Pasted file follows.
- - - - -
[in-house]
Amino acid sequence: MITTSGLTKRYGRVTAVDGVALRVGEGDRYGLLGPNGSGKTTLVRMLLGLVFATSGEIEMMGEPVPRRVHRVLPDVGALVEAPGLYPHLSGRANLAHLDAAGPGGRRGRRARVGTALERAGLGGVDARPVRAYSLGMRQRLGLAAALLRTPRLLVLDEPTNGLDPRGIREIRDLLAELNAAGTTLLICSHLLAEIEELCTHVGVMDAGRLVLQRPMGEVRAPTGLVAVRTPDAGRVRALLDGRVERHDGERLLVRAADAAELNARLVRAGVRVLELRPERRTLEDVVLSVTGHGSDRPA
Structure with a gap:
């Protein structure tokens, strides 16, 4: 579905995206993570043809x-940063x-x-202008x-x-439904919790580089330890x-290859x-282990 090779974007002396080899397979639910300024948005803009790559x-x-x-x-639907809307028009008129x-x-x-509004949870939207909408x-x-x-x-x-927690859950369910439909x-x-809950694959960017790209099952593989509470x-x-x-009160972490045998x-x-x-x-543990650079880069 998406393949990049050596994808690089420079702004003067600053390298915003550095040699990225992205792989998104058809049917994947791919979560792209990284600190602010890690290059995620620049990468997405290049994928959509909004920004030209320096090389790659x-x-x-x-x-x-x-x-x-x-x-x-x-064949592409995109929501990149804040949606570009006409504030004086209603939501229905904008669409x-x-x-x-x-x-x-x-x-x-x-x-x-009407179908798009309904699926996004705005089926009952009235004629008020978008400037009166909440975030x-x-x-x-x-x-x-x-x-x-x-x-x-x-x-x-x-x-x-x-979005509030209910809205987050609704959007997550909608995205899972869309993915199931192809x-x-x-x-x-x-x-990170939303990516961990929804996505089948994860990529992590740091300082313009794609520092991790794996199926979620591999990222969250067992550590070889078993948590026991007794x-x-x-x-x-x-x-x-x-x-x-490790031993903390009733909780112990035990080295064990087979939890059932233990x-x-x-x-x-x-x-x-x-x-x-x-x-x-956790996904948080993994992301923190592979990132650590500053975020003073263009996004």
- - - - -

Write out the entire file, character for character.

[in-house]
Amino acid sequence: MITTSGLTKRYGRVTAVDGVALRVGEGDRYGLLGPNGSGKTTLVRMLLGLVFATSGEIEMMGEPVPRRVHRVLPDVGALVEAPGLYPHLSGRANLAHLDAAGPGGRRGRRARVGTALERAGLGGVDARPVRAYSLGMRQRLGLAAALLRTPRLLVLDEPTNGLDPRGIREIRDLLAELNAAGTTLLICSHLLAEIEELCTHVGVMDAGRLVLQRPMGEVRAPTGLVAVRTPDAGRVRALLDGRVERHDGERLLVRAADAAELNARLVRAGVRVLELRPERRTLEDVVLSVTGHGSDRPA
Structure with a gap:
């Protein structure tokens, strides 16, 4: 579905995206993570043809x-940063x-x-202008x-x-439904919790580089330890x-290859x-282990 090779974007002396080899397979639910300024948005803009790559x-x-x-x-639907809307028009008129x-x-x-509004949870939207909408x-x-x-x-x-927690859950369910439909x-x-809950694959960017790209099952593989509470x-x-x-009160972490045998x-x-x-x-543990650079880069 998406393949990049050596994808690089420079702004003067600053390298915003550095040699990225992205792989998104058809049917994947791919979560792209990284600190602010890690290059995620620049990468997405290049994928959509909004920004030209320096090389790659x-x-x-x-x-x-x-x-x-x-x-x-x-064949592409995109929501990149804040949606570009006409504030004086209603939501229905904008669409x-x-x-x-x-x-x-x-x-x-x-x-x-009407179908798009309904699926996004705005089926009952009235004629008020978008400037009166909440975030x-x-x-x-x-x-x-x-x-x-x-x-x-x-x-x-x-x-x-x-979005509030209910809205987050609704959007997550909608995205899972869309993915199931192809x-x-x-x-x-x-x-990170939303990516961990929804996505089948994860990529992590740091300082313009794609520092991790794996199926979620591999990222969250067992550590070889078993948590026991007794x-x-x-x-x-x-x-x-x-x-x-490790031993903390009733909780112990035990080295064990087979939890059932233990x-x-x-x-x-x-x-x-x-x-x-x-x-x-956790996904948080993994992301923190592979990132650590500053975020003073263009996004």